2. Asset protection, because limited partner/member rights are restricted under terms of the entity’s operating agreement, providing very limited transferability and little or no access to cash or assets

These legal benefits also impact the valuation of the ownership interests in the FLP/FLLC. Because of the significant restrictions on the limited partnership or member interest, a valuation expert may assign a discount to the value of the FLP/FLLC unit when compared to the value of the underlying assets.

For example, assume Mr. E funds an FLLC with stock worth $15 million in exchange for FLLC units. A week later he makes a gift of all of his FLLC units to a trust for the benefit of his children and their descendants. An appraisal of the FLLC units might conclude that they should be discounted by 33% so that the value of the units gifted is approximately $10 million, which is just under Mr. and Mrs. E’s combined federal gift tax exemption, resulting in no gift tax owed. The federal transfer tax potentially saved is $1.8 million ($15 million – $10.5 million) x 40%, which is the highest federal estate tax rate). In addition, no appreciation in value of the partnership units will be included in Mr. E’s estate and therefore subject to federal estate tax, which could save millions more in federal estate tax. The transfer also may be designed to eliminate future estate and generation skipping transfer taxes.

As with many planning techniques, the FLP or FLLC involves risks. A primary risk is that the IRS successfully disregards the valuation discount, resulting in a taxable gift of $15 million. If the IRS were to prevail in establishing the $15 million value, Mr. E will pay $1.8 million of federal gift tax (plus interest and penalties) since only $10.5 million of the gift is sheltered from federal gift tax. This risk may be mitigated by the use of a defined value formula clause in which a set amount (usually equal to the remaining federal gift tax exemption) is transferred to the FLP or FLLC with any excess amount as determined by the IRS on audit either passing to charity or back to the donor. In a few cases, courts have approved this approach, but the IRS continues to litigate the issue. Mr. and Mrs. E might consider using other techniques in addition to or in lieu of a FLP or FLLC to hedge some of the risk (such as a grantor retained annuity trust or a sale to an intentionally defective grantor trust).

The complexity of the planning discussed above requires the careful coordination of financial, tax and legal considerations. GenSpring advises business owners on the type of planning discussed and is able to coordinate advice from the business owner’s attorneys, CPA and other advisors to make sure all facets are addressed.

Phase 4: Administration

After going through an intensive discovery and planning process, many wealthy families pay the professional fees, place the documents on a shelf and quickly forget about them. However, proper ongoing administration of the plan and consistent follow up on open items are critical to achieve successful results.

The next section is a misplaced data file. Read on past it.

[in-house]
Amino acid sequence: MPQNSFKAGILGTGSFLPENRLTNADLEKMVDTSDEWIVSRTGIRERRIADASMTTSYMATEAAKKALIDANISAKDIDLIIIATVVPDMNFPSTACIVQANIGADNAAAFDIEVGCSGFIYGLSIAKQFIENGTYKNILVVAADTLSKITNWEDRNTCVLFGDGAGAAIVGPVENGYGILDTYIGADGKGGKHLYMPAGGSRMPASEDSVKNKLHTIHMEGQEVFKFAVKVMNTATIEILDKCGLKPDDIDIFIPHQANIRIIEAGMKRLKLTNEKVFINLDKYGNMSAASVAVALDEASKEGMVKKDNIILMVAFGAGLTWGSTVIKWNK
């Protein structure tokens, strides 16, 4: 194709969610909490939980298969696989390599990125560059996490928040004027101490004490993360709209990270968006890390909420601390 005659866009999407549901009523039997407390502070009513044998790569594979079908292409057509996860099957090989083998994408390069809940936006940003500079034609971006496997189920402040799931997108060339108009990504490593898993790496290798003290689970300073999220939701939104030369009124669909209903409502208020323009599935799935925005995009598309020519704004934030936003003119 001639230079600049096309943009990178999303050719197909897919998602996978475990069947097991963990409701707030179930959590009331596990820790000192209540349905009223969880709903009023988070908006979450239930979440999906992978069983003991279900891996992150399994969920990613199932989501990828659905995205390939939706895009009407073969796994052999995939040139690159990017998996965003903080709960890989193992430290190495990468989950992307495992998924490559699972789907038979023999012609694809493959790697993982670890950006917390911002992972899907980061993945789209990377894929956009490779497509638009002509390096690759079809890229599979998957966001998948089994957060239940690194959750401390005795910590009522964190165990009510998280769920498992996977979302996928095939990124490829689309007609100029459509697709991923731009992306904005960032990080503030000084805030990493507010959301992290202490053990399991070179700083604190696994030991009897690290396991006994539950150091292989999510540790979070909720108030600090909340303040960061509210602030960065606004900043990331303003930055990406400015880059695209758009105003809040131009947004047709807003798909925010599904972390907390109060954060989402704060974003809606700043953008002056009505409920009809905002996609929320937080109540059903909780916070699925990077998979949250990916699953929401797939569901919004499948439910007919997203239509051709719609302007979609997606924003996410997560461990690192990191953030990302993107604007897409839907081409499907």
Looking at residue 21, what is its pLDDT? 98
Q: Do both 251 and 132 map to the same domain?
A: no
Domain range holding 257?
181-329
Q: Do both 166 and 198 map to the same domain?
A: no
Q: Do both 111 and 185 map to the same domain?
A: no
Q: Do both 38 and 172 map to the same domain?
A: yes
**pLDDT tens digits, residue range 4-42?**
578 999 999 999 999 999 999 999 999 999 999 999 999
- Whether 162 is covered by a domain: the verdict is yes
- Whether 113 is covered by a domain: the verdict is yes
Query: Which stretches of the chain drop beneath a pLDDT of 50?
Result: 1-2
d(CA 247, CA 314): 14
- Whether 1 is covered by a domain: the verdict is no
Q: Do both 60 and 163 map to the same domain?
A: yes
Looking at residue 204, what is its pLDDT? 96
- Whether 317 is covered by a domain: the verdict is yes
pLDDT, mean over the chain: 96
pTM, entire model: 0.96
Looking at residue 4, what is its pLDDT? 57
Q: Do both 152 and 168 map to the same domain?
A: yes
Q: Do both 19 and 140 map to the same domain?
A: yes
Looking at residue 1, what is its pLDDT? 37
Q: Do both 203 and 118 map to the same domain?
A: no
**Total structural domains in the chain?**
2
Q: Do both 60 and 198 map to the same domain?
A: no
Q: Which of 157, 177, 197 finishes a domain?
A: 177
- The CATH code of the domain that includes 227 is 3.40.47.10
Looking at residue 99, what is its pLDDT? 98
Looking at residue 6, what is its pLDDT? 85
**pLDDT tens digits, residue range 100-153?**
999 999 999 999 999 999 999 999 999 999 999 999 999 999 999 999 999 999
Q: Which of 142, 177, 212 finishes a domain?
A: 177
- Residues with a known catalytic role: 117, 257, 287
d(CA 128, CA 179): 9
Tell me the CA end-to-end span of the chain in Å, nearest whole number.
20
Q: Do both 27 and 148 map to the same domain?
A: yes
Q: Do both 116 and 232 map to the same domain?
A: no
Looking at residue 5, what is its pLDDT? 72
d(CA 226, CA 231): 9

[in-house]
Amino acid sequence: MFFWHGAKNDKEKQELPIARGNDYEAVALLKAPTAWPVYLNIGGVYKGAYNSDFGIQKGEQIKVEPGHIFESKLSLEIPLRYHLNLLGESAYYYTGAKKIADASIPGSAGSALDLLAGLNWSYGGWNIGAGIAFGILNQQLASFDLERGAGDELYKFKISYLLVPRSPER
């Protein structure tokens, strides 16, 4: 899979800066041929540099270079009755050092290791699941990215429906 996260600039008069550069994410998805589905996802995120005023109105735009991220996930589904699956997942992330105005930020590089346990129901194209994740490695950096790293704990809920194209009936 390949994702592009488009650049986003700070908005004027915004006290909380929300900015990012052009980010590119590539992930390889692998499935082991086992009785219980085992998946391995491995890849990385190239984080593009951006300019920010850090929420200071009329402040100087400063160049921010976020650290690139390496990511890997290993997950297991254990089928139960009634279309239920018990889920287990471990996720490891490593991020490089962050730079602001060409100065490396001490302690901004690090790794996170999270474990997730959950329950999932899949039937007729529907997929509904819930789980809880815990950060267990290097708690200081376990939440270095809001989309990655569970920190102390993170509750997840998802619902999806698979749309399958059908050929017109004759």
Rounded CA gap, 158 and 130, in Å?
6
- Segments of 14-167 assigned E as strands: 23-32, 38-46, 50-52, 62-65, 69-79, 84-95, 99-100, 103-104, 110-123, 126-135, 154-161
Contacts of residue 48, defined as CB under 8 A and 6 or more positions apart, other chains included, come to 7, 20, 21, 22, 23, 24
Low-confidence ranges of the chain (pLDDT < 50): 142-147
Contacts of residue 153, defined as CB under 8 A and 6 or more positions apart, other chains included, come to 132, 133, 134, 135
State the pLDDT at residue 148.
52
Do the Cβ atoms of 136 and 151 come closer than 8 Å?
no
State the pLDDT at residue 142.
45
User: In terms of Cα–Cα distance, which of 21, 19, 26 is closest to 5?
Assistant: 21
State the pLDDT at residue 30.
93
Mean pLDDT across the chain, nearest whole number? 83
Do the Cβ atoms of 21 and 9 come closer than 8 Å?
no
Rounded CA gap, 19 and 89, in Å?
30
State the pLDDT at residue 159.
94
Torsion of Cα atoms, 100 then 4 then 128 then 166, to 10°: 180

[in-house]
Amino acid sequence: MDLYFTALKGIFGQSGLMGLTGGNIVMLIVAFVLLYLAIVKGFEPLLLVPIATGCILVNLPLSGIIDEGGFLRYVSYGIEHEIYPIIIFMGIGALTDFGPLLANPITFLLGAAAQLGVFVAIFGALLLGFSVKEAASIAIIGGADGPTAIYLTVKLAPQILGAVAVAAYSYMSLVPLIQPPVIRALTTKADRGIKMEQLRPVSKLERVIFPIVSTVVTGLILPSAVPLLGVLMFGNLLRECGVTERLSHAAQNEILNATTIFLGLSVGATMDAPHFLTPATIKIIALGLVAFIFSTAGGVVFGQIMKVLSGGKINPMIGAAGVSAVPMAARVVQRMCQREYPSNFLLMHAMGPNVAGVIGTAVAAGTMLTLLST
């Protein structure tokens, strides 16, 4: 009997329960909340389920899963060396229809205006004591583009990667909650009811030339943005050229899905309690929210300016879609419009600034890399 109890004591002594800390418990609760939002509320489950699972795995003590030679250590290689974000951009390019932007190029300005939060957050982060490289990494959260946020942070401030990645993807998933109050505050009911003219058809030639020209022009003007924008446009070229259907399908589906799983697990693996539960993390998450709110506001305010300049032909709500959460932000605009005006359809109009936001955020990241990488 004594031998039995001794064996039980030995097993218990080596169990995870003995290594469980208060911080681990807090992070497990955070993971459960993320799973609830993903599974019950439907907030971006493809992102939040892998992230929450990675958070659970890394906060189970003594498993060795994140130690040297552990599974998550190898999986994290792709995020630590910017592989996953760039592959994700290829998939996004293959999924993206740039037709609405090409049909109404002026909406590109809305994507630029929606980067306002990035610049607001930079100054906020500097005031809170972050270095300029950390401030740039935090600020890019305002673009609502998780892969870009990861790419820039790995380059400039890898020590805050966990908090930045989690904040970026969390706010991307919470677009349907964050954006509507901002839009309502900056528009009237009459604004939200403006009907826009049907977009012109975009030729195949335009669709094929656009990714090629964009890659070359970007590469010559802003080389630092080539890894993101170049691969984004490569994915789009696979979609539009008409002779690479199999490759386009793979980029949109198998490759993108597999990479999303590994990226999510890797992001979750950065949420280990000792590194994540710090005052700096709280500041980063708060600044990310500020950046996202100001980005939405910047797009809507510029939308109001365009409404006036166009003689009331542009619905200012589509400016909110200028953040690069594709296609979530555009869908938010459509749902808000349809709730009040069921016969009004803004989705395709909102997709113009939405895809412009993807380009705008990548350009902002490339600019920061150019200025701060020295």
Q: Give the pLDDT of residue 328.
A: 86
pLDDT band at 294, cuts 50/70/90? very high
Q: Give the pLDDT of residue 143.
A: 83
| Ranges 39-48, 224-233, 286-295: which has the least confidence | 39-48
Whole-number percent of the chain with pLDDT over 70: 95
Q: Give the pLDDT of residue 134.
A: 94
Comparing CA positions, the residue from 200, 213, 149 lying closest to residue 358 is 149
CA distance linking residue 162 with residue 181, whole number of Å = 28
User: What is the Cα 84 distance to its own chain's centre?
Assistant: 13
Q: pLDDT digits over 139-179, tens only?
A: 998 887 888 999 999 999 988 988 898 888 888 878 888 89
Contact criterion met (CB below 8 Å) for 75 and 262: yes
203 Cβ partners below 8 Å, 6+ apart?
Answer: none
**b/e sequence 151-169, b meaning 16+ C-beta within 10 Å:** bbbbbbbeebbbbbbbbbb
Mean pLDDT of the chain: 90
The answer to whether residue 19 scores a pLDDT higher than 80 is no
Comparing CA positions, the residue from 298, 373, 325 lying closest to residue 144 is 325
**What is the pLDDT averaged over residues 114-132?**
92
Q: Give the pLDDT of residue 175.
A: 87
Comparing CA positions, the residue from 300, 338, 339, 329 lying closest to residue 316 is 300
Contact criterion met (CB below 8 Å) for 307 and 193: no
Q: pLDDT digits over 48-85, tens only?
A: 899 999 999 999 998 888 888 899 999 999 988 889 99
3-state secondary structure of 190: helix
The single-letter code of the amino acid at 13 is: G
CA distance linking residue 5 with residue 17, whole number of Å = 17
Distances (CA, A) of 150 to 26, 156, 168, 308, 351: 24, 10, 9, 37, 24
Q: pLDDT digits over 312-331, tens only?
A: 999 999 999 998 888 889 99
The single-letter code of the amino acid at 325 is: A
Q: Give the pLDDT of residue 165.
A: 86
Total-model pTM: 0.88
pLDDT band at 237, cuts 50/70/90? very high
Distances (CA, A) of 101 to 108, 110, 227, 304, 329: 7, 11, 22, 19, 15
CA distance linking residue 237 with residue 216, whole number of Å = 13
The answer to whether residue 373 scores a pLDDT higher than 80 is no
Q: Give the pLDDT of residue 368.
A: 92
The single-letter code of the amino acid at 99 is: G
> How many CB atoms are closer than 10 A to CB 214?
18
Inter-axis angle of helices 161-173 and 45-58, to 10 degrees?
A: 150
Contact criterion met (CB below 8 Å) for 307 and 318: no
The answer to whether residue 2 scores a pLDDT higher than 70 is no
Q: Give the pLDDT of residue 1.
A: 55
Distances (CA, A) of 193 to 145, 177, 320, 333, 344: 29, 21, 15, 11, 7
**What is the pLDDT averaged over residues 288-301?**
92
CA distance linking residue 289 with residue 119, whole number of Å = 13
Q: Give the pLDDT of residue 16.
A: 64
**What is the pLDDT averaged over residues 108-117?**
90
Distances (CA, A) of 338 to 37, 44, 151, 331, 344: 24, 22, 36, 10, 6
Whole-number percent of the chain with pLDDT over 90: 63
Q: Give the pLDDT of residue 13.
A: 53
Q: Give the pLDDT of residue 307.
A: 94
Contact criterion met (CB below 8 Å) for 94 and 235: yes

Given the planning put in place in our case study, ongoing care and attention must be given to:

  • Mr. and Mrs. E, who will receive $80 million sales proceeds
  • The FLLC, which will receive $15 million
  • The Trust, which owns an FLLC interest
  • The Donor-Advised Fund, which will receive $5 million

Once the sale of the business has been completed, the next order of business is to coordinate the payment of federal and state income taxes with the CPA. Estimated tax payments will need to be adjusted to prevent penalty payments and the CPA will want to evaluate whether or not to pay the state income tax by year end.

With the creation of the FLLC and trust, existing estate planning documents should be reviewed and updated as needed. Additionally, a valuation expert will need to appraise the value of the LLC units transferred by gift to the trust.

Once the DAF receives its $5 million of sale proceeds, we will assist Mr. and Mrs. E in determining how to structure a gift from the DAF to the university. For example, Mr. and Mrs. E may want to require a matching gift program or additional commitments of support from the school as a condition of funding the project. The GenSpring Discovery and Planning process uniquely positions us to serve Mr. and Mrs. E and the FLLC manager as investment advisor for the liquid sales proceeds. Applying a goals-based approach to portfolio construction, Mr. and Mrs. E’s portfolio may be compartmentalized into multiple sub-allocations designed to solve for their near-term income and longer-term wealth accumulation objectives. Additionally, the unique requirements and objectives of the family LLP/LLC, Trust and donor advised fund must also be considered in the design and management of those specific portfolios. Through the Planning process, GenSpring also considers tax sensitivity and takes a best-fit approach when deciding which investments to locate across the different family entities and portfolios.

Our goal is to create an investment plan for Mr. and Mrs. E that considers financial goals, both short and long term, so that they can feel secure that their needs will be met and their overall planning is fully integrated.

Conclusion

After working through GenSpring’s Pre-Transaction Planning Process, Mr. and Mrs. E agreed that the sale of the Widget Corporation was in their best interest and the sale proceeded. They are currently enjoying a life of travel and following their daughters’ collegiate successes, both on and off the softball diamond.

We believe GenSpring’s approach to delivering a timely and thoughtful process to pre-transaction planning allows families to unlock additional value in a sales transaction. Our experience over 25 years has shown that, while every family and transaction is unique, they can all benefit from the objectivity, integration and coordination we deliver throughout our four-phase Pre-Transaction Planning Process.


Authored by GenSpring Wealth Advisory Center, with contribution from: Tim Tallach, JD, CPA, Head of Wealth Advisory Center; David Neubert, CPA, Partner and Jay Cloud, JD, Family Wealth Advisor